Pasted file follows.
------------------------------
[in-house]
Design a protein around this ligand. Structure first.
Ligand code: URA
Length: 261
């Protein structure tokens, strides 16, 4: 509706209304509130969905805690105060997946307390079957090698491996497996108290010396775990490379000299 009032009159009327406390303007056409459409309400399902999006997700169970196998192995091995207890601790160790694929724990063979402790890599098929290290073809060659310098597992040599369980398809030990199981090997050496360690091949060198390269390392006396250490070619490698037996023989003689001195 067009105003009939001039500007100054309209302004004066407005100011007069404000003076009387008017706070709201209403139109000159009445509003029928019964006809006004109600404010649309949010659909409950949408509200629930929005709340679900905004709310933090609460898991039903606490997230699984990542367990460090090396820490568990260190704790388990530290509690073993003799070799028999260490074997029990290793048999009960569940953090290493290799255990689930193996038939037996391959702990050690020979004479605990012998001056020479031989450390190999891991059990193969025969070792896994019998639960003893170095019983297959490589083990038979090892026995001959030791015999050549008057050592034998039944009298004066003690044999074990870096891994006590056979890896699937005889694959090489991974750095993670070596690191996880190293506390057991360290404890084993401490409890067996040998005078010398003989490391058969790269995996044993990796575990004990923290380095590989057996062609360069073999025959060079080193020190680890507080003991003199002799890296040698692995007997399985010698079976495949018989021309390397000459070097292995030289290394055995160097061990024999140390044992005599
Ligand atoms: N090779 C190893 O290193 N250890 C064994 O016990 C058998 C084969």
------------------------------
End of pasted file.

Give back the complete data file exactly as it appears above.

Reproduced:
[in-house]
Design a protein around this ligand. Structure first.
Ligand code: URA
Length: 261
């Protein structure tokens, strides 16, 4: 509706209304509130969905805690105060997946307390079957090698491996497996108290010396775990490379000299 009032009159009327406390303007056409459409309400399902999006997700169970196998192995091995207890601790160790694929724990063979402790890599098929290290073809060659310098597992040599369980398809030990199981090997050496360690091949060198390269390392006396250490070619490698037996023989003689001195 067009105003009939001039500007100054309209302004004066407005100011007069404000003076009387008017706070709201209403139109000159009445509003029928019964006809006004109600404010649309949010659909409950949408509200629930929005709340679900905004709310933090609460898991039903606490997230699984990542367990460090090396820490568990260190704790388990530290509690073993003799070799028999260490074997029990290793048999009960569940953090290493290799255990689930193996038939037996391959702990050690020979004479605990012998001056020479031989450390190999891991059990193969025969070792896994019998639960003893170095019983297959490589083990038979090892026995001959030791015999050549008057050592034998039944009298004066003690044999074990870096891994006590056979890896699937005889694959090489991974750095993670070596690191996880190293506390057991360290404890084993401490409890067996040998005078010398003989490391058969790269995996044993990796575990004990923290380095590989057996062609360069073999025959060079080193020190680890507080003991003199002799890296040698692995007997399985010698079976495949018989021309390397000459070097292995030289290394055995160097061990024999140390044992005599
Ligand atoms: N090779 C190893 O290193 N250890 C064994 O016990 C058998 C084969």